Before direct reviewing of sources – holy books of Muslims (the Quran and Hadiths), let us present some opinions of famous scientists about Islam as the religion and doctrine.
One of outstanding orientalists in the 20th century, E. von Grunebaum said: “Even an atheist considers that if this is not a miracle then, at least, the extraordinary fact that on the basis of such a small foundation as the population and civilization of pagan Central and Northern Arabia, such a majestic and splendidly-built structure could arise. This structure has gained the vitality and force for transforming from a religion clan having the merely national nature into the cultural community that was both religious and international one, and at the same time, has kept the entitlement for existence and the status of State.”*
Historians and orientalists always took an interest in causes of the dissemination of Islam as a major religion over vast territories of the Arabic territorial expansion under ruling of Caliphs and ousting of local religions. For example, prior to the conquest of Mavoraunakhr (in Arabic language: a territory beyond a river – bearing in mind the Amu Darya) there were Judaism, Christianity, Zoroastrianism, Buddhism, and Shamanism. The famous Russian orientalist V. Bartold wrote: “A Christian has to forget himself for the sake of God and his neighbor in order to meet the requirements of his belief; according to his religion, a Muslim should not forget neither God nor his neighbor among his activities, and also he has to pray at the proper time and give up part of his property to the poor.”
Sanjar Jabbarov, in his book mentioned above, quotes the following statement of the famous Muslim scientist, the Rector of the Al-Azhar University, Sheikh Mahmud Shaltut: “Islam is not only a religion, like some people mistakenly think… On the contrary, Islam is universal according to its nature, it not only establishes relations between a man and the Creator, but also prescribes the rules that regulate relations among people and activity of the public importance for the purpose of providing welfare of all society.” Commenting on this quote, Sanjar Jabbarov highlights the following aspect: “High moral merits, especially the provisions concerning relations among people and forming the base of all moral behavior in the new religion, especially in its legislative norms, which have the religious nature and are the most important components of its ethic system.”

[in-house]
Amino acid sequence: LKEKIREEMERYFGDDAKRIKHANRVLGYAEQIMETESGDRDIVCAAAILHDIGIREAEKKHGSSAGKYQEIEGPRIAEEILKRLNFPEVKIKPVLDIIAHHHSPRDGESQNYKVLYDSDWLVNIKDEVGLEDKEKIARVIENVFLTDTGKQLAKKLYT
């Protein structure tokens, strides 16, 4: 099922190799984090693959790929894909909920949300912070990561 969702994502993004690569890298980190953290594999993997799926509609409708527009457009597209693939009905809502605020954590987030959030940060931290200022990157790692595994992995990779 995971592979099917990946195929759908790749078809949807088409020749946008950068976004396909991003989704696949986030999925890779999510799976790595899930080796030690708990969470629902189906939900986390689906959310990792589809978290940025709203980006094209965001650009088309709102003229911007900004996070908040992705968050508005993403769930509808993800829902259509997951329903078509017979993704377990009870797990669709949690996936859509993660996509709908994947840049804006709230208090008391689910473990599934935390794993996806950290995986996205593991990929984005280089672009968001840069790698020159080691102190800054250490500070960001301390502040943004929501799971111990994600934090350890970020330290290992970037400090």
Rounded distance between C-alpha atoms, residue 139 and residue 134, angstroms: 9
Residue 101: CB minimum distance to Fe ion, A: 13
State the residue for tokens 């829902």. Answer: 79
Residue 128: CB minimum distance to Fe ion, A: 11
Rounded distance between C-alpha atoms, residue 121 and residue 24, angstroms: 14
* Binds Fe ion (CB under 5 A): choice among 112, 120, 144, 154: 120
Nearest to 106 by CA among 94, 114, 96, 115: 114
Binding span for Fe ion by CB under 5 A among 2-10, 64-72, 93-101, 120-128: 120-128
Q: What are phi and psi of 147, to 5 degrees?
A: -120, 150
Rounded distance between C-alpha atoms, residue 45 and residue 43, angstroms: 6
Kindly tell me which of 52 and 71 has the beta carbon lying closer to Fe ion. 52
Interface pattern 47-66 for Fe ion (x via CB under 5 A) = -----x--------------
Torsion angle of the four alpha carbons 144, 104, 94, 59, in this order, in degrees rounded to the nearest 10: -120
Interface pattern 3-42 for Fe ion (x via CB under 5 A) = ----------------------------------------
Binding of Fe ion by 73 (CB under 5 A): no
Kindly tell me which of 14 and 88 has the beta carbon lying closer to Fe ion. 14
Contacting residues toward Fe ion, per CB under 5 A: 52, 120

In this context, our intention to specify moral and ethic aspects and norms set forth in the Shariah laws and other sources of Islam in the
field of water use, water resources management and protection was stimulated, on the one hand, by search of the ways to intensify the human factor in the process of tackling the complicated tasks in the water sector, and, on the other hand, by our wish to attract attention of lawyers, philosophers and other professionals to this problem.
* Sanjar Jabbarov. The Shariat, Family и Customary Laws in Uzbekistan: History and Contemporaneity, Тashkent, «FAN», 1996 (a quotation from this source)
Chapter of book: Water & Ethics (Thoughts of Professional and Citizen)
Author: Abrar Kadirov